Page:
AUSTIN (AP) The eyes of the University of Texas System are on getting the next presidential library and archives, its board of regents announced.
The UT System is aiming to be the first in the nation to house two presidential libraries. It already is home to the Lyndon B. Johnson Presidential Library and Archives
A handful of institutions are seeking to house the President George W. Bush’s presidential library and archives. UT System Board of Regents Chairman James Huffines said he is determined to win the bid with a UT proposal that will likely include multiple campuses.
“We intend to win because we feel like the University of Texas is one of most treasured assets in this state, and the library belongs within the UT System,” Huffines said. “We’re going to use all of our resources to win this competition.”
Huffines said a committee of eight to 12 people will develop a proposal to bring the George W. Bush Presidential Library and Museum to at least one of the 15 UT campuses around the state. He said he expects a “unique and visionary” proposal.
The UT System waited so long to join the competition, Huffines said, because others interested in hosting the presidential library have already laid their cards on the table.
“People that just think in the box never get anywhere,” he said.
The committee will be co-chaired by former U.S. Rep. Tom Loeffler, who also is a former chairman of the Board of Regent, and Peter Flawn, president emeritus of the University of Texas at Austin and former president of UT-San Antonio.
Loeffler is a personal friend of the Bush family. In Congress, he represented the Midland district in which the president grew up. He said he shares Huffines’ enthusiasm to win the president’s approval of a library for the UT System.
“I look at this as my swan song,” he said. “I’m going to do everything I possibly can to support them one more time.”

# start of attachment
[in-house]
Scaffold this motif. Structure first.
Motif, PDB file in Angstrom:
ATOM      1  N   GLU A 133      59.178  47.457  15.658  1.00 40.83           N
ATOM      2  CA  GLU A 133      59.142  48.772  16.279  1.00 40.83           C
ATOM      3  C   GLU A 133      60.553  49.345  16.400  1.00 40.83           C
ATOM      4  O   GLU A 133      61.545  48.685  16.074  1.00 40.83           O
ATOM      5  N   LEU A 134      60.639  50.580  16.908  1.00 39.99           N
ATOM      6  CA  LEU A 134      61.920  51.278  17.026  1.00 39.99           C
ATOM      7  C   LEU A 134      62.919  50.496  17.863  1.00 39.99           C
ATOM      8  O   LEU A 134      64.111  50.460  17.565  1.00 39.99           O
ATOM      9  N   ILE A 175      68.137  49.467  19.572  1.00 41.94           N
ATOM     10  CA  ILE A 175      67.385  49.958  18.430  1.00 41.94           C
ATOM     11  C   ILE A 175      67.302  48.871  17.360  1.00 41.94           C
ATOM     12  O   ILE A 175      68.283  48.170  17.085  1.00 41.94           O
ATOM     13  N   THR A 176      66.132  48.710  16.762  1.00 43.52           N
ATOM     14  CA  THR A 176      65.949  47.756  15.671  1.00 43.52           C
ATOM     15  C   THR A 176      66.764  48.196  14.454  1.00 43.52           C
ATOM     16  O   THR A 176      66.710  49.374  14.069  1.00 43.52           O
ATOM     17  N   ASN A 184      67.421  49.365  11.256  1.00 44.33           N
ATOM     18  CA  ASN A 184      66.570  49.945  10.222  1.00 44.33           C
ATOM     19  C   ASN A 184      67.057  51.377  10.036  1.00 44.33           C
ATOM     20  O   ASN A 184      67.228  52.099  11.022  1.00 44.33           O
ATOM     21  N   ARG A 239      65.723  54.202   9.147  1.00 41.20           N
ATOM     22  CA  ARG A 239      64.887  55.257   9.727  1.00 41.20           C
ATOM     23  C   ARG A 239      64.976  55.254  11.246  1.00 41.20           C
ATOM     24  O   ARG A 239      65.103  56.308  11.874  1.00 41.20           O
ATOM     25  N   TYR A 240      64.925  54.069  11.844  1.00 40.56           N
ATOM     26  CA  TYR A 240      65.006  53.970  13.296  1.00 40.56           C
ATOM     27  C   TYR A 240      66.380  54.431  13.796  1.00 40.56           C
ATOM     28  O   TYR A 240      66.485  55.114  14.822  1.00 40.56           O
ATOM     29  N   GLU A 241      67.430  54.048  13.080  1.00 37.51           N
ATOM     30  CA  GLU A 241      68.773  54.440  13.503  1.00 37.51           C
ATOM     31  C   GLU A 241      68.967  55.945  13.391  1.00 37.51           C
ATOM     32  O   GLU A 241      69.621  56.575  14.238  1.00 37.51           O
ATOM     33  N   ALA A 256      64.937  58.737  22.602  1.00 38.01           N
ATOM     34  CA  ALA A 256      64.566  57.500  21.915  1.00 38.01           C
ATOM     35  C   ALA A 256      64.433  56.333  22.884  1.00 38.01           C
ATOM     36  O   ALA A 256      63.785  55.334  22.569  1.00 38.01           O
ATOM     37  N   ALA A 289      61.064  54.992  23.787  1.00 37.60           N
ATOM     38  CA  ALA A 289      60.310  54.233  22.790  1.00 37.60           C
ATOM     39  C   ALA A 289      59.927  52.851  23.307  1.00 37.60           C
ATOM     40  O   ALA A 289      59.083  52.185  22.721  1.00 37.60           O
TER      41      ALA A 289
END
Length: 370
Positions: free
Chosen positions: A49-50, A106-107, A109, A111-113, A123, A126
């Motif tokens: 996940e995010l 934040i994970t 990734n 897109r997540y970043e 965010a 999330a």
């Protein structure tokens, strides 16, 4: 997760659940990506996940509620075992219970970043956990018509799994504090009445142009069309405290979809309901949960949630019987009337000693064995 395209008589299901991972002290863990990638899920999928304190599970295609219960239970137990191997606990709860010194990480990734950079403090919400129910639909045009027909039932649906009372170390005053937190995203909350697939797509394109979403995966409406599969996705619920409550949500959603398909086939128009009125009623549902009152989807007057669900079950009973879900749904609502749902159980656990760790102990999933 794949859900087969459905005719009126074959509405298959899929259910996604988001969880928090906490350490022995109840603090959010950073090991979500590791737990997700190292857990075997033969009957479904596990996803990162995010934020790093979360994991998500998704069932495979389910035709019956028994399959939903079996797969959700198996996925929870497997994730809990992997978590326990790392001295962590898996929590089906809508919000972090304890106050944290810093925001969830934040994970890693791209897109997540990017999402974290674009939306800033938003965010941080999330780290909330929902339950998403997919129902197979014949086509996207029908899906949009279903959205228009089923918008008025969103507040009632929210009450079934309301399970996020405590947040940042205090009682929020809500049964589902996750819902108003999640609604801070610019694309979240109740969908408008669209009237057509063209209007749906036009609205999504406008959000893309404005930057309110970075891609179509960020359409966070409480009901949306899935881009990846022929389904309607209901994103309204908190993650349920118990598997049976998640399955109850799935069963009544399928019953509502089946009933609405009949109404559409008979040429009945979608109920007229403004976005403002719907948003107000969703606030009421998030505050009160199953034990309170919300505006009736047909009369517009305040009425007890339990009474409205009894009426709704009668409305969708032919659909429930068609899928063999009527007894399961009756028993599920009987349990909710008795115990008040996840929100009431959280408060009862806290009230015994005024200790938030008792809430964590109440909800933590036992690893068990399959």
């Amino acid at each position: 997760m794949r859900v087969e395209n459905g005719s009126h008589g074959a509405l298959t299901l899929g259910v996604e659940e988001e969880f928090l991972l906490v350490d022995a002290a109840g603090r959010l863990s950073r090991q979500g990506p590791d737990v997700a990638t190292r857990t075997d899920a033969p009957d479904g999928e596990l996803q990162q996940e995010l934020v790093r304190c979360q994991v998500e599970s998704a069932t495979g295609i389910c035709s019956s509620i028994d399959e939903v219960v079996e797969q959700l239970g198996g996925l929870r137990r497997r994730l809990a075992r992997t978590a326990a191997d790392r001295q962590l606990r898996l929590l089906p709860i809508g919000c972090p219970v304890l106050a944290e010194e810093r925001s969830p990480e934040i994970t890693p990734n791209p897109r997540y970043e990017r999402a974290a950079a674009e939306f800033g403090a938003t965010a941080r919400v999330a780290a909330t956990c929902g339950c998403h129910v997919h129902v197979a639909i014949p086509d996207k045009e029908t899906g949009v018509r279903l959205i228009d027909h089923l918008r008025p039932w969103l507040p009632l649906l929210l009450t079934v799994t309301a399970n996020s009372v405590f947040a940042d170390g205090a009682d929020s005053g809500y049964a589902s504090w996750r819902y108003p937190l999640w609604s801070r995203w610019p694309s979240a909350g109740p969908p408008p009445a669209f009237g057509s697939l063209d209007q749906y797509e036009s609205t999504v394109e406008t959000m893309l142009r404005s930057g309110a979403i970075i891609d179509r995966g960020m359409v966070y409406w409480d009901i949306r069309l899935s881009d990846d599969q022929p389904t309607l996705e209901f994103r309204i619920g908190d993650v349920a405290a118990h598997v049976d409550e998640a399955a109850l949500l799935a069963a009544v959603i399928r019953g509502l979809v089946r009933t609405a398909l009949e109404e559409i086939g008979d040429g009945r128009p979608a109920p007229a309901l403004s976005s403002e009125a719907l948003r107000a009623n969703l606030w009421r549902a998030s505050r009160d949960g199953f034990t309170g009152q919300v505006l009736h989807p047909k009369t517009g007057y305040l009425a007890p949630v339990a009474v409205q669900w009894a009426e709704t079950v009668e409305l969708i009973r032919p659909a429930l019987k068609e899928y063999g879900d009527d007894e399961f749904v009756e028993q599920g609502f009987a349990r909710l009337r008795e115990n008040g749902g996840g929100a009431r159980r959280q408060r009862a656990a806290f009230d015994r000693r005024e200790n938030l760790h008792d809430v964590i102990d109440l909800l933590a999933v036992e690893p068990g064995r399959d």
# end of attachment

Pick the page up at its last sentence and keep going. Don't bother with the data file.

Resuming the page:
Loeffler said a committee will be assembled and begin meeting within two weeks. A final recommendation to the board of regents is expected within six months.
Other entities that have shown interest in the library are Baylor University, Southern Methodist University, Texas A&M University, Texas Tech University, Midland College and the city of Arlington.
The University of Texas at Austin submitted a proposal to house the library on its campus in 2001, but UT Austin President Larry Faulkner said it was discarded after the Sept. 11 attacks.
Faulkner said there are at least two areas available in Austin for a library. One site is near the main campus in downtown Austin. It is a state-owned property, but Faulkner said Gov. Rick Perry agreed to allow the university to offer the land. The other is near the J.J. Pickle Research Campus in North Austin.
The Johnson library and archives opened on the University of Texas at Austin campus in 1971. Faulkner said the experience of hosting the LBJ library provides an advantage for UT in the bidding process.
He said technological advancements also make collaboration among multiple sites possible.
Gerald Ford’s presidential library is the only other housed in two sites. The museum is in Grand Rapids, MI, and the library is in Ann Arbor, MI.
While the president will make the final decision as to the location of the library, the National Archives and Records Administration will operate it after it is built and sets guidelines for construction, said NARA spokeswoman Susan Cooper.
White House spokesman Taylor Gross said President Bush has made no indication of preference for the location of his library and has not announced a timeline for bids.
Private funds are used to pay for initial construction of the library. The potential cost of the UT System proposal is unknown, Huffines said.
Former President Clinton’s library, which opened in Little Rock, AR, in November, cost $165 million.
The builders must also raise an endowment to offset costs of operating the facility. Endowments for the libraries for Clinton and former President Bush were $7.2 million and $4.4 million, respectively, said NARA assistant archivist Sharon Fawcett.
Cost seems not to be an issue for the UT System. Huffines said he’s going to do whatever it takes to win, even if he has to deploy the UT Austin Longhorn football team’s mascot.
“We may have Bevo deliver the proposal,” he said.